Foreign and domestic Internet copyright holders are treated as equals in China and if there is clear evidence of a violation, the government will conduct a thorough probe and see to it that the guilty are punished, a senior official has said.
The government's resolve was evident during the four-month special action program of National Copyright Administration of China (NCAC) when about 130 of the 436 cases were probed at the request of overseas industry associations.
A total of 361 offenders were pulled up for copyright violation, NCAC Deputy Director Yan Xiaohong told a news conference yesterday.
The number of foreign-related cases on the Net was very "high", but 90 percent of them were handled properly in the four months, starting from September.
After careful examination, NCAC decided to directly deal with 302 cases in 31 provinces and cities.
Nineteen provinces and cities, such as Beijing, Shanghai and Guangzhou, were marked out as key areas of investigation, with about 50 major cases.
During the special campaign, fines worth 705,100 yuan ($88,000) were imposed, eight computers and 71 illegal servers confiscated, 205 illegal websites closed, and 6 cases transferred to judicial departments for investigating criminal liabilities.
Copyright owners' organizations, such as China Software Alliance and Motion Picture Association of America, provided NCAC with clues to more than 170 cases, offering preliminary evidence for direct crackdown on infringements and piracy, Yan said.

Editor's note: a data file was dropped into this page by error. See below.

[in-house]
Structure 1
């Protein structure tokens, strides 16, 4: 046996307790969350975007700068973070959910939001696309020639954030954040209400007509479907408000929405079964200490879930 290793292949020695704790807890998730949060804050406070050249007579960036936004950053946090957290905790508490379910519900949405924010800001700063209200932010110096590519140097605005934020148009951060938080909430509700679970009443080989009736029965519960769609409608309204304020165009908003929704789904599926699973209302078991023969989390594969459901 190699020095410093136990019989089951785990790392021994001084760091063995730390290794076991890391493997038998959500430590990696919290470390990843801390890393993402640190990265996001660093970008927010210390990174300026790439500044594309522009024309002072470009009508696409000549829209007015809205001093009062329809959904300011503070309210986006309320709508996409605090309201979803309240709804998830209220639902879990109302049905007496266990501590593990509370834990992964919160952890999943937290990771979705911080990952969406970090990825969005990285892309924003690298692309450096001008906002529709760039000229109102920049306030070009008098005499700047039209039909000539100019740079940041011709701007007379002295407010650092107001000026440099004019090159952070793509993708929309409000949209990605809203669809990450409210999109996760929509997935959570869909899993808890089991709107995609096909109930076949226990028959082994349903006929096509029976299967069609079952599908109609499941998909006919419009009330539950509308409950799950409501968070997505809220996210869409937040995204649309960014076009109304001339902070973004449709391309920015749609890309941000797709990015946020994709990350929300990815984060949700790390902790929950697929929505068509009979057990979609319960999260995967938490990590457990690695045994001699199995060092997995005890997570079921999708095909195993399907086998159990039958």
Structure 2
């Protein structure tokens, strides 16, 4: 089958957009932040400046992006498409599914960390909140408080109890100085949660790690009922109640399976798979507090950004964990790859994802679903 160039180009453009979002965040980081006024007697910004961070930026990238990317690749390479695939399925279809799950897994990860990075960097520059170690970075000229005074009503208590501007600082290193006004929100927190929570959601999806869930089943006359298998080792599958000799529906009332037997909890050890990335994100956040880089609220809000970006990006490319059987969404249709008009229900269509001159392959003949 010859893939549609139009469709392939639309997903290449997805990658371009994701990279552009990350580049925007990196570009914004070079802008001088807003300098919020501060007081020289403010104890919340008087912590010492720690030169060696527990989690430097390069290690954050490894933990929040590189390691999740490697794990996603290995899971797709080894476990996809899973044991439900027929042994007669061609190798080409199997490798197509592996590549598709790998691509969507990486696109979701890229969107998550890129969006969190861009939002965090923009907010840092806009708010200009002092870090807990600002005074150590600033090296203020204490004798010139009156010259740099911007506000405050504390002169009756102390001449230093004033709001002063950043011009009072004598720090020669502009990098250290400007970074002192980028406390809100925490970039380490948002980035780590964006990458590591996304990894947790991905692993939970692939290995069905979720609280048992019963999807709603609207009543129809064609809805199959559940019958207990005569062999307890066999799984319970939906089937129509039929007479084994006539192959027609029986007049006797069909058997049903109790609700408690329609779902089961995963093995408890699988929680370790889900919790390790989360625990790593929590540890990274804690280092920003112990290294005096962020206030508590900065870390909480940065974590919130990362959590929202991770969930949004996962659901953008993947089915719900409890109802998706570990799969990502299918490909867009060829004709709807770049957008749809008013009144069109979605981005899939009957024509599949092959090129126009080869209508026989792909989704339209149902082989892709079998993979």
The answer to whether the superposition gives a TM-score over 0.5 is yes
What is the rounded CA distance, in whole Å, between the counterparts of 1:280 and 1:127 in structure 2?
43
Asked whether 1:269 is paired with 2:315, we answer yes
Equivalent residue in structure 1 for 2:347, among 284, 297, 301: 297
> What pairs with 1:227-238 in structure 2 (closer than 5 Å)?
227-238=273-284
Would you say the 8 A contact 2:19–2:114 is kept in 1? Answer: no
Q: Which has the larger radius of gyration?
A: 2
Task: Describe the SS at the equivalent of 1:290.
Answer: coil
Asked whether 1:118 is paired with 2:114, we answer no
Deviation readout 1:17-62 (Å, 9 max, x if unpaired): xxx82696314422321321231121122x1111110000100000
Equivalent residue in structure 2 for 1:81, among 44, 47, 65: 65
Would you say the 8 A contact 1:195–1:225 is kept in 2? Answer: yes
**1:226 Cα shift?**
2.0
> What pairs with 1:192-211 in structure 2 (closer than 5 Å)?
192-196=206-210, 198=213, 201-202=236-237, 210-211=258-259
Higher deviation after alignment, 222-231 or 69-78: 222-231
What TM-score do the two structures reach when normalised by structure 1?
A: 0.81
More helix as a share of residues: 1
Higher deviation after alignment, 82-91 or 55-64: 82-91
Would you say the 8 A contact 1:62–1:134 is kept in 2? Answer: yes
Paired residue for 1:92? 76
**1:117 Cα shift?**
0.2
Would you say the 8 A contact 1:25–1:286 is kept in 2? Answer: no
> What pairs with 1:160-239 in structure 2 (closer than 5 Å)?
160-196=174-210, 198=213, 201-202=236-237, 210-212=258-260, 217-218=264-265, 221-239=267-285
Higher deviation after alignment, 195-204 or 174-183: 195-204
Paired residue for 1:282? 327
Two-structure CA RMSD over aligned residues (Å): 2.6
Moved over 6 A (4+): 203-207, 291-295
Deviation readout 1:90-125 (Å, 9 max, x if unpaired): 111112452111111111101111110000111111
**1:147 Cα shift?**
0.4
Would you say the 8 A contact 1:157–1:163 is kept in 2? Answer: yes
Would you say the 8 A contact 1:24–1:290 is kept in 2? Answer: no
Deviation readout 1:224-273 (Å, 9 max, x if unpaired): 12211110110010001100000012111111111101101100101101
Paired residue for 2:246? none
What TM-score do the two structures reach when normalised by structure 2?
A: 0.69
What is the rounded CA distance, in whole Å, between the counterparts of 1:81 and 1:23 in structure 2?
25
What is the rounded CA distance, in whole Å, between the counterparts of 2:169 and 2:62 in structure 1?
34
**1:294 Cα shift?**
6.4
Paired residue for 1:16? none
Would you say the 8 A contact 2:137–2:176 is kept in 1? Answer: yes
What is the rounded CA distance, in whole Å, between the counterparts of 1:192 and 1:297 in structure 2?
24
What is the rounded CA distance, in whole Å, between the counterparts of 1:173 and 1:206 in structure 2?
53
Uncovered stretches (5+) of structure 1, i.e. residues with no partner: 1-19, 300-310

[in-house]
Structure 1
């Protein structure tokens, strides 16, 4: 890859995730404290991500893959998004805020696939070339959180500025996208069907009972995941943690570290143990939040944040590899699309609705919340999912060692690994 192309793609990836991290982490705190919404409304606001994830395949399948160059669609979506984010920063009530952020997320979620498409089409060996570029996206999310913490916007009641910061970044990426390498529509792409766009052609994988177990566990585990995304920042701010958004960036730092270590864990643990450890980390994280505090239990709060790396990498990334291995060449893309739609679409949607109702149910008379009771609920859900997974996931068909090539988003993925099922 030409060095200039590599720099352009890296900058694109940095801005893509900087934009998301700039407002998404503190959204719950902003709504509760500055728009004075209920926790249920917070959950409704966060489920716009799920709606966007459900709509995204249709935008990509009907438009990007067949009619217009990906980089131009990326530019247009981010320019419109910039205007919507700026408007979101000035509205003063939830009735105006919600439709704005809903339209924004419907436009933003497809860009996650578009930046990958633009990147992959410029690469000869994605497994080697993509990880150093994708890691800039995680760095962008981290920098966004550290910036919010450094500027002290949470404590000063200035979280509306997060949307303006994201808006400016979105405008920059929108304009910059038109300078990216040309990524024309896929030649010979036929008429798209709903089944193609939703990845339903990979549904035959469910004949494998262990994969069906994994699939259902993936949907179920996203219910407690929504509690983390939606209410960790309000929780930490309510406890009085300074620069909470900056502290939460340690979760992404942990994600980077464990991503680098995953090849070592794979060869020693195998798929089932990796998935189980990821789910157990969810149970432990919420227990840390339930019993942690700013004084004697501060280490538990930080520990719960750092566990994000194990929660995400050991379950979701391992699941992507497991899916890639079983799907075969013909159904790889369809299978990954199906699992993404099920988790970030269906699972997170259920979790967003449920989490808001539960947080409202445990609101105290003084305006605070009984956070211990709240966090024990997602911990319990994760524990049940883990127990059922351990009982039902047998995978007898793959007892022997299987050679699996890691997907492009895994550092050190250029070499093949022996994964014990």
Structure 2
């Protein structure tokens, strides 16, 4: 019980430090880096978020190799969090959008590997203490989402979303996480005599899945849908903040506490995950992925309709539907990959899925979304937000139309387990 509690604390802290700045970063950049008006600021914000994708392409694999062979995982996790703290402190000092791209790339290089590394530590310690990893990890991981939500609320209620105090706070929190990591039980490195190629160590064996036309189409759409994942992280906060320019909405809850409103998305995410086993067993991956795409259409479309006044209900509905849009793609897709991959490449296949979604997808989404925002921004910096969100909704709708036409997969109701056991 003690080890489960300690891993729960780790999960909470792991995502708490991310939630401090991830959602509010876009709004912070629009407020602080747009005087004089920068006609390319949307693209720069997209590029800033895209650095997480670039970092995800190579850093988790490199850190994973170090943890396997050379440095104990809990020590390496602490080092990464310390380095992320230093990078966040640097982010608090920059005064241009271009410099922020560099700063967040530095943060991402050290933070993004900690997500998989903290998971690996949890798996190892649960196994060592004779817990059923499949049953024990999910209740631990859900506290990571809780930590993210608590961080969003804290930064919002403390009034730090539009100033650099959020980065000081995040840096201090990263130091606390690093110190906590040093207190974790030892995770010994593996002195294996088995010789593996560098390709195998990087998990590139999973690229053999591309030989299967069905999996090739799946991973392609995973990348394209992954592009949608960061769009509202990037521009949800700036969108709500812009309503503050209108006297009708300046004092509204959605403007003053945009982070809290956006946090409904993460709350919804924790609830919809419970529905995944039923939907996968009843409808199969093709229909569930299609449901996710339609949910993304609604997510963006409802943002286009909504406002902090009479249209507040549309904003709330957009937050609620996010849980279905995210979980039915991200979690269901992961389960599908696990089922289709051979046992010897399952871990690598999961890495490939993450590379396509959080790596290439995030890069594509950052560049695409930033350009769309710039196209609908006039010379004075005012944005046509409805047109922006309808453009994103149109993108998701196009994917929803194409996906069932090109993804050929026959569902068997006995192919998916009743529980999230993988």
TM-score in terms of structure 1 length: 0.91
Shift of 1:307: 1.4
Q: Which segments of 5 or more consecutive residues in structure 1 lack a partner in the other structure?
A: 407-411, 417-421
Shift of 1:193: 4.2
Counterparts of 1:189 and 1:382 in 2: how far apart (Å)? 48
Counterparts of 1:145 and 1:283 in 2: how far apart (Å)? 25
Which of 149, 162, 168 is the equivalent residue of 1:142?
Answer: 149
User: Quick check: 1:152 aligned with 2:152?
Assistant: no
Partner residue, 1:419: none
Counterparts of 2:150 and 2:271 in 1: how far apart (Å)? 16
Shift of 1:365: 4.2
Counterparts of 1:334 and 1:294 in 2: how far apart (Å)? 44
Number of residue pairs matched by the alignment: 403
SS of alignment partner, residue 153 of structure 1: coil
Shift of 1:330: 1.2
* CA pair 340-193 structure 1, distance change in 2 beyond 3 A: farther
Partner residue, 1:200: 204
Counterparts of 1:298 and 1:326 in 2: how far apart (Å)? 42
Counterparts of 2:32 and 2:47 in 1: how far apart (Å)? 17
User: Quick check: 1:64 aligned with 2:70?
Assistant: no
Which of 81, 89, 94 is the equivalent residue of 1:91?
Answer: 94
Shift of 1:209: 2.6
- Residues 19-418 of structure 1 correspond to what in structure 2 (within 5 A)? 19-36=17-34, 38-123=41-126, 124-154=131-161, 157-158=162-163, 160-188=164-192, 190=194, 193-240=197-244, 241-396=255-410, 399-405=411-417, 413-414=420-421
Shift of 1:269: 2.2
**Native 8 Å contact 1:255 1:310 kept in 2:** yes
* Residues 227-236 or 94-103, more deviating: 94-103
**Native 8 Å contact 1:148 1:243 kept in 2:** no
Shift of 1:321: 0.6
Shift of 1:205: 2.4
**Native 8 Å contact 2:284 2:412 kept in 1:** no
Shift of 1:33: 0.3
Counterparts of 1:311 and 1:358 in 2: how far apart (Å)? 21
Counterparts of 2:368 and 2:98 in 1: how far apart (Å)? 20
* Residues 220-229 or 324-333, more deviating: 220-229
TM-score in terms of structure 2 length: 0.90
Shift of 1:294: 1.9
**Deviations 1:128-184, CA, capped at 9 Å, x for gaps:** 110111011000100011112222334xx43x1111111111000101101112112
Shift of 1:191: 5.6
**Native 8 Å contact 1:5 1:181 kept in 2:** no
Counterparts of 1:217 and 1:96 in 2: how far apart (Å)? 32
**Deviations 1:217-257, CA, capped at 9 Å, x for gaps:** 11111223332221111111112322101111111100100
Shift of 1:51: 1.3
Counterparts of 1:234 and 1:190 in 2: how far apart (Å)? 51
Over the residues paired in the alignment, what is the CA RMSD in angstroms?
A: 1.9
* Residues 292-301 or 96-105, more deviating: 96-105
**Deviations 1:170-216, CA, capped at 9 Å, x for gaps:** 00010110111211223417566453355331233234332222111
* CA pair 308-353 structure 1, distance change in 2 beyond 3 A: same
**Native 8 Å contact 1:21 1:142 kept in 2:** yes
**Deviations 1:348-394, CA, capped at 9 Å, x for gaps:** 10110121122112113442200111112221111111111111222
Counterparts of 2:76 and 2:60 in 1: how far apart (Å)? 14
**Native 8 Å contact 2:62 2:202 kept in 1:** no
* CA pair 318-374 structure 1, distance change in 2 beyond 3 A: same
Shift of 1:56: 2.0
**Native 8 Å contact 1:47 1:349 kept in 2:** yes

Statistics show that by the end of last year, China had 140 million netizens and 843,000 websites.
"Internet has no borders, and has unlimited storage space and its development has increased the number of severe violations and piracy," he said.
Many websites offer free downloads of movies, music, software and textbooks without being authorized to do so.
To deal with the problem, China implemented Regulations on the Protection of the Right of Communication through Information Network on July 1, 2006.
"The four-month special action program has brought order and cleansed the Net copyright protection environment," Yan said.
"With the rapid development of Net technology, infringements and piracy in new forms will come to light. The fight is far from over."
The special campaign focused on illegal downloads of music, movies, software and textbooks and cracking down on illegal "private servers" and "pirated programs" circumventing or sabotaging technological measures and removing or altering electronic rights management information.
(China Daily February 9, 2007)